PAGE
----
Creatively, this meant making every toy its own self-contained gem instead of relying solely on a single, splashy hit at Christmas. If some deeper artistic assessment of the war itself wasn’t apparent, Marcak’s embarrassment over his own indulgent commercial success throughout the Roaring Twenties was. In fact, part of his early fortune had also come from the 1916 Mack AC cargo truck, adopted by the Army during World War I. Moreover, he was making more money than ever in the opening years of the Great Depression, often catering to the higher end of the toy market. Marcak felt ashamed of his own stale creativity and of what he perceived as war profiteering. He began to view thermoplastics as a way to save both his artistic legacy and his immortal soul. In 1932, he re-invented himself as the “at best middle class” owner of a new company, Marcak Toy & Novelty, that would specialize in plastics.

First to the market was the Kilgore line of plastic toy vehicles named, with admirably self-aware swagger, “Jewels for Playthings,” debuting at the 1937 New York toy fair. For Bergen Toy & Novelty (Beton), whose parent, Metal Cast Products, had cheated him out of his copyrights early in his career, Marcak would slow walk the development of the plastic toy soldier, giving it a muted market debut in 1938.

In Marcak’s symbolic personal set, shown below, only one piece is truly an army man, the malformed 68-mm “Infantryman with Gas Mask,” a product of Plastic Toys Inc. introduced in 1946. Then there is the painted Beton toy rifleman, the very last of his kind. The others are Beton test pieces. The bugler wasn’t released in 68-mm khaki with silver paint. The bayonets of the two 70-mm infantrymen actually differ in length by exactly one millimeter, making them technically one-of-a-kind “rifle” and “shotgun” test variations, highlighting, along with his sly humor, Marcak’s utter mastery of Tenite, the first modern all-purpose consumer plastic.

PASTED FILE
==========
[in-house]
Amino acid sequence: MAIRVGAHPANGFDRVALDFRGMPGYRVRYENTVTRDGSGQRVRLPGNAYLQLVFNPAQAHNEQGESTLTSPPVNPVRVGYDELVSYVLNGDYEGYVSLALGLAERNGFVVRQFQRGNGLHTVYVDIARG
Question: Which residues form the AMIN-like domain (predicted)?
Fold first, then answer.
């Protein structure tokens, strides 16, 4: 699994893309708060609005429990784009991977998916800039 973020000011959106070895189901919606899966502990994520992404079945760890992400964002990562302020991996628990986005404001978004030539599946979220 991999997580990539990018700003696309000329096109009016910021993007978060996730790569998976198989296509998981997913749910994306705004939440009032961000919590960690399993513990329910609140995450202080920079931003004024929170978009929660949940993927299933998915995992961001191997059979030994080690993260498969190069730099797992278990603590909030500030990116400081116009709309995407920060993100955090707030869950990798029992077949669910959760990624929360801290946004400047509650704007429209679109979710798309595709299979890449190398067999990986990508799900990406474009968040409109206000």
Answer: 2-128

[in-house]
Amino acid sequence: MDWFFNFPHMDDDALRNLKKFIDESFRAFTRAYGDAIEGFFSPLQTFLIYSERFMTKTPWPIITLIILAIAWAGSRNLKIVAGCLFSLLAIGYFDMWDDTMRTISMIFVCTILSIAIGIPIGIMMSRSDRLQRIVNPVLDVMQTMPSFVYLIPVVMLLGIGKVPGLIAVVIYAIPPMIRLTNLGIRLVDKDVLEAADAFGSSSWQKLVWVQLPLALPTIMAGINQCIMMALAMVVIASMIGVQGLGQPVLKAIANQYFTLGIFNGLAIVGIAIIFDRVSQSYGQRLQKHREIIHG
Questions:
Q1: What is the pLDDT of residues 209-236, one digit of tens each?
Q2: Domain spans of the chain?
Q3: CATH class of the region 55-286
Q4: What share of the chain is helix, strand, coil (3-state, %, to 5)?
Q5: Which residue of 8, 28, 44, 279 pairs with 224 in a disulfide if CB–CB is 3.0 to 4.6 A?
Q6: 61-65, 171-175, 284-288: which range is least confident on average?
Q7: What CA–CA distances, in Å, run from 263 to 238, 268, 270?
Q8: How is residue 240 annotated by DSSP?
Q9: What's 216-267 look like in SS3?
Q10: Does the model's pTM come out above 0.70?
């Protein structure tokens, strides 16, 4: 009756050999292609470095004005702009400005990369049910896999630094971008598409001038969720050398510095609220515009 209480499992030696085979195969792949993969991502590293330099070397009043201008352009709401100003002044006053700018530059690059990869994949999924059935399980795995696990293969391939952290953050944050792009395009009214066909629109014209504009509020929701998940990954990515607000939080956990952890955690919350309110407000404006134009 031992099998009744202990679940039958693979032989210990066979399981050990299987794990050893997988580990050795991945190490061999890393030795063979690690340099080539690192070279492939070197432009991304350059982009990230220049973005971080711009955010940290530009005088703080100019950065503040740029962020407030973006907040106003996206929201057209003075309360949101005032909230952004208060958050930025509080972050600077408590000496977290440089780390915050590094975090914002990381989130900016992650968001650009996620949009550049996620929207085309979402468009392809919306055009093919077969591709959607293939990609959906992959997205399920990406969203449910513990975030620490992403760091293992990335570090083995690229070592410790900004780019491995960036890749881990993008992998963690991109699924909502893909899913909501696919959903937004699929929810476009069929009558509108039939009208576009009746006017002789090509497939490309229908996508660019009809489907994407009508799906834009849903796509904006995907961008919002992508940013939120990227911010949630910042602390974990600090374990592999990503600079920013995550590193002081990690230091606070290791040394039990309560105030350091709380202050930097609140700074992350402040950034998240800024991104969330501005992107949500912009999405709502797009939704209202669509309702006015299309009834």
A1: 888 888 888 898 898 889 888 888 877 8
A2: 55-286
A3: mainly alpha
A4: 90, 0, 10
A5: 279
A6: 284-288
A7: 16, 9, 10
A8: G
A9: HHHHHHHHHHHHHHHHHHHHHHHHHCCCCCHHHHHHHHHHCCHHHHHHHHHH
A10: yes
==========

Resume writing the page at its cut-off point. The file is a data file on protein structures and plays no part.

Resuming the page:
Image courtesy of James S. BucholzPlastic Toys' army man
Charles Marcak’s symbolic personal set. Left to right: The first Plastic Toys army man, last Beton toy soldier, and three Beton test pieces.

The first production plastic army man

The set proves that Beton was never the home of the first army men, merely of the last painted toy soldiers. Marcak left those, along with the despicable term “doughboys,” in the form of those two test pieces, at Beton. The first production army man was manufactured by Plastic Toys Inc., as ordained by its own creator through a supremely clever design technicality, and styled as a trooper, as Charles Marcak himself was proud to be.

Marcak’s more crucial legacy to the plastics industry, however, would be how he kept it in the private sector. He never created one centralized research or manufacturing powerhouse that would attract unwelcome attention. Instead, he sprinkled production know-how among smaller manufacturers, both new and existing. As far as the newly rechristened Department of Defense, it got in line as just another paying customer.

In 1959, sensing that dark forces backed by moneyed interests were closing in on him, perhaps getting wise at last to his elaborate corporate shell games, or for being privy to too many top government secrets, Marcak faked his own death. Ultimately, he got away clean and lived happily ever after with his wife Elsie.

I abandoned my effort to craft a grandiose critique of the Lost Generation. As he matured, sculptor Charles Marcak rolled up his sleeves and moved on with his career. The doughboys would be his only artistic statement on the Great War, the truckload of gas masks in the diorama a signature exclamation point (in this case, eight of them) that the joke was complete.

I ended up where I had started, with two jaunty infantrymen, both unflinchingly awaiting their return to action. The hero of those old, once-popular Tom Swift adventure stories captures Marcak’s ever-present mirth better, however.

“It was like backing into a bayonet,” Tom said pointedly.